The NSW Rural Fire Service is advising residents to prepare their properties ahead of worsening conditions, with soaring temperatures and dry winds set to elevate bushfire danger in parts of the state.
Two firefighters were killed and as many as 100 houses destroyed when bushfires ripped through NSW on Thursday and Saturday last week.
Firefighters have used recent milder conditions to strengthen containment lines and more than 1400 were working on Boxing Day to slow the spread of fire.
RFS spokesman Ben Shepherd said they had done great work through Christmas while the conditions remained favourable.
"The weather has been for once a little bit more in our favour but it's still going to be a potentially difficult day come next week once we start to see that bad fire danger set in," Inspector Shepherd told AAP on Thursday.
There were nearly 70 bush and grass fires burning across the state about midday, with 28 yet to be contained.
"Take some time today to prepare your property for the forecast worsening conditions this weekend and early next week," the RFS tweeted.
Bureau of Meteorology duty forecaster Rose Barr said a severe heatwave would start building in southern parts of NSW on Thursday.
"Between Thursday and Saturday we are starting to see severe heatwave conditions in the southern parts of the state, extending over a more significant area of NSW into the weekend and next week," she told AAP.
"Some areas are forecast to reach extreme heatwave conditions.
"The fire danger will worsen into the new week, with Monday and Tuesday most likely to be the most significant fire weather days."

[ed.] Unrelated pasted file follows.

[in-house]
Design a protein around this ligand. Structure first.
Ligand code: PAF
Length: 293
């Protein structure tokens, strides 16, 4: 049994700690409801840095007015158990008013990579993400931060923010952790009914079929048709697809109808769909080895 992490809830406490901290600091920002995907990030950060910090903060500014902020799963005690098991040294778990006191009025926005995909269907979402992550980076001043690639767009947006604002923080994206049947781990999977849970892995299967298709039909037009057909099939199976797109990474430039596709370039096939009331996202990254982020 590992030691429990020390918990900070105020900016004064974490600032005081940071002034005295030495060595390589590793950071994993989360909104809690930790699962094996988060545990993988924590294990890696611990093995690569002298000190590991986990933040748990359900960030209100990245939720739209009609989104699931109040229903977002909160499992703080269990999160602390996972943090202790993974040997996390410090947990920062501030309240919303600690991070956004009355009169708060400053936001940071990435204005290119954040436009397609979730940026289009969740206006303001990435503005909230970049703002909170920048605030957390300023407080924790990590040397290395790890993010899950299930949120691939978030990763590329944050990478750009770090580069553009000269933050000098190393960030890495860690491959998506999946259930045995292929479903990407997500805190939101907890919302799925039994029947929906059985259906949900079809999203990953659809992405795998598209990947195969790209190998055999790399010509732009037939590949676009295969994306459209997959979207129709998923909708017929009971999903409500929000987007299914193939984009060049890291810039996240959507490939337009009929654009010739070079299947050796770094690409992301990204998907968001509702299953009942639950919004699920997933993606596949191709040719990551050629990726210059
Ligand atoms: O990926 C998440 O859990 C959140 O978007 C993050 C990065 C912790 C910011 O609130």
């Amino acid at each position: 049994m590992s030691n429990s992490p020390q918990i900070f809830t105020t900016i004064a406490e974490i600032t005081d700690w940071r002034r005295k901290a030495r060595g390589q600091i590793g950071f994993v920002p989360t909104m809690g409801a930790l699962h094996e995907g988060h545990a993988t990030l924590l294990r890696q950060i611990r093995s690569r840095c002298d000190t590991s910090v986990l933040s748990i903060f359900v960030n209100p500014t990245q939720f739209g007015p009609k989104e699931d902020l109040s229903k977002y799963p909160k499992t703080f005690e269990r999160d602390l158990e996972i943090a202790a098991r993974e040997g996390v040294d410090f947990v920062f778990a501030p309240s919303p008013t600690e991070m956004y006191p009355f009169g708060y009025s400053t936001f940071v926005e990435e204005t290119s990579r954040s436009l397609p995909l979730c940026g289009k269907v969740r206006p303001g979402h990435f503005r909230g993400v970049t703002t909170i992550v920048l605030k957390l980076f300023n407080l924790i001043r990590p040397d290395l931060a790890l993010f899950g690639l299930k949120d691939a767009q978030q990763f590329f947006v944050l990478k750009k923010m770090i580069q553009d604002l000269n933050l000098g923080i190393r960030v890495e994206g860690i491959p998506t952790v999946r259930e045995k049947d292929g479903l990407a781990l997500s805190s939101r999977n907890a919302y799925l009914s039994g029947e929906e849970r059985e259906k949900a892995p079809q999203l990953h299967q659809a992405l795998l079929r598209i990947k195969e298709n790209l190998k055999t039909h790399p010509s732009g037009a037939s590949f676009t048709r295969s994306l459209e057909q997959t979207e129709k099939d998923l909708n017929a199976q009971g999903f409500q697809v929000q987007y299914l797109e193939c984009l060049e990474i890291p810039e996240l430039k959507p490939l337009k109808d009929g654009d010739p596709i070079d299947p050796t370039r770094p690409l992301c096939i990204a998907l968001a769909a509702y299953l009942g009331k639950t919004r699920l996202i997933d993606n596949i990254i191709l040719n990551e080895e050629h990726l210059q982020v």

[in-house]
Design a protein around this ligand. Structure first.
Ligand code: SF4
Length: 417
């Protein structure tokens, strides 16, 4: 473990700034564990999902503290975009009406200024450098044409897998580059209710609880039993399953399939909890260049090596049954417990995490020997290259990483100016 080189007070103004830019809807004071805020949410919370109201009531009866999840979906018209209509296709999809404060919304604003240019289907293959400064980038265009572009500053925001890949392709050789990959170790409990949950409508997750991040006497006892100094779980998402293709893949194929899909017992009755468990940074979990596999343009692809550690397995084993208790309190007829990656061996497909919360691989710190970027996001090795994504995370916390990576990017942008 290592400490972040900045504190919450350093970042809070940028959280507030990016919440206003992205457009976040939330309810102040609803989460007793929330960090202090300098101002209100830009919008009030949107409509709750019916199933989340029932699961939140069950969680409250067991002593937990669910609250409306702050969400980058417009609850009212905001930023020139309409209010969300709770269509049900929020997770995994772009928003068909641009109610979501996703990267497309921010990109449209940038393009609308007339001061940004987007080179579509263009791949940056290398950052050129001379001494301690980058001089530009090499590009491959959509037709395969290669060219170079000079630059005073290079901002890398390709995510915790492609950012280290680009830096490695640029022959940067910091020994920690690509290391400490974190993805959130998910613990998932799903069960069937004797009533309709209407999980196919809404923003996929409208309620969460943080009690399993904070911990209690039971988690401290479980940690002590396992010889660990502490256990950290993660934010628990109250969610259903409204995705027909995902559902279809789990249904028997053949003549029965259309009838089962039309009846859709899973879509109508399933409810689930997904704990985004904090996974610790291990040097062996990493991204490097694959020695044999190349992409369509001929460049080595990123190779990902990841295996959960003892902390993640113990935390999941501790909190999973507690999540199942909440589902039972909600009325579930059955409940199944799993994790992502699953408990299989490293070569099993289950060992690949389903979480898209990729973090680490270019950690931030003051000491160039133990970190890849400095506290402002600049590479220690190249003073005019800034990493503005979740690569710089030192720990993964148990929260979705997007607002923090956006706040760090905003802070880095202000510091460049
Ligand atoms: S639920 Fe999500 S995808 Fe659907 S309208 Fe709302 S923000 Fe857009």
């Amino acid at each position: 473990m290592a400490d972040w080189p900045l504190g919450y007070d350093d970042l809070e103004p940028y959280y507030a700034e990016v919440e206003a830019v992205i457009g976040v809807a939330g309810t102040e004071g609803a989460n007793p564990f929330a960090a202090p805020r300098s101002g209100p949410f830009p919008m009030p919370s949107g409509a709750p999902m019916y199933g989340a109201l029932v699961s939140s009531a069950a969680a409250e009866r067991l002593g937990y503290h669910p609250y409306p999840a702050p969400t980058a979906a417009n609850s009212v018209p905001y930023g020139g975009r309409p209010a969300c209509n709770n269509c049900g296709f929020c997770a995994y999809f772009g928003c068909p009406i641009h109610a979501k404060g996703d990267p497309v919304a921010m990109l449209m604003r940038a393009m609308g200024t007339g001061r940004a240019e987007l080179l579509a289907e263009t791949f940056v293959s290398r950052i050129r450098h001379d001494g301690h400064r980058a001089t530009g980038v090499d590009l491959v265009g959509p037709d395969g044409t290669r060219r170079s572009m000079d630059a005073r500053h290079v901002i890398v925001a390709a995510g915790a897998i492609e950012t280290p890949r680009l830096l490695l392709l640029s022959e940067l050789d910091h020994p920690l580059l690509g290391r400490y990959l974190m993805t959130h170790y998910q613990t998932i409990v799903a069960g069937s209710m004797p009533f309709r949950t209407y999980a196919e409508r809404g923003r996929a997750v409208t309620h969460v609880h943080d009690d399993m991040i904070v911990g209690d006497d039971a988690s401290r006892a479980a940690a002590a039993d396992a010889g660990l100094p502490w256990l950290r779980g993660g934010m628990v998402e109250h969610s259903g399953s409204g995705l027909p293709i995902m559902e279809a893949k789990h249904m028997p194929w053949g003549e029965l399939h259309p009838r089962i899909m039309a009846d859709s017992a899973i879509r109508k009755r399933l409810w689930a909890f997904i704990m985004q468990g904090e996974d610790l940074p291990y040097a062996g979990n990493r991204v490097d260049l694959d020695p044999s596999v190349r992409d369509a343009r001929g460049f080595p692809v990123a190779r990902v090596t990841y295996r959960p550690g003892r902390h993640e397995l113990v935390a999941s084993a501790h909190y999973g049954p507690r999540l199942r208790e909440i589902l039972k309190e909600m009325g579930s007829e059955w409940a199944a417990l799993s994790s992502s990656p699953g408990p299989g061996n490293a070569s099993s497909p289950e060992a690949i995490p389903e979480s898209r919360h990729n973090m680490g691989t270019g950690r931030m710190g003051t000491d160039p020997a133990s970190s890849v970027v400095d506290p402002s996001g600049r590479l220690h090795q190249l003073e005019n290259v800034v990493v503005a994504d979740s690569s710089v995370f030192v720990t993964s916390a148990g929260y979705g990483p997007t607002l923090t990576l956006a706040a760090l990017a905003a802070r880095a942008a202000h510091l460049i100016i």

More than 1700 firefighters were in the field on Christmas Day, slogging away to strengthen containment lines before the dangerous weather arrives.
Fire and Rescue NSW commissioner Paul Baxter on Thursday thanked firefighters who worked through Christmas, noting their commitment, dedication, professionalism and selflessness.
"Last week, we had a near miss when a motorist hit one of our firefighters on the incident ground," Mr Baxter said in a post on Facebook.
"I want to remind members of the community that when you are on the road and see emergency vehicle lights flashing, please slow down and give our crews space. It's safer for you and safer for our crews."
Fire danger ratings were deemed "very high" on Thursday for the ACT, greater Hunter, the central and southern ranges, the northern and southern slopes and the NSW north western region.
There is a high fire danger rating from the far south coast up to Sydney, with a low-moderate danger rating in western parts of the state.
Australian Associated Press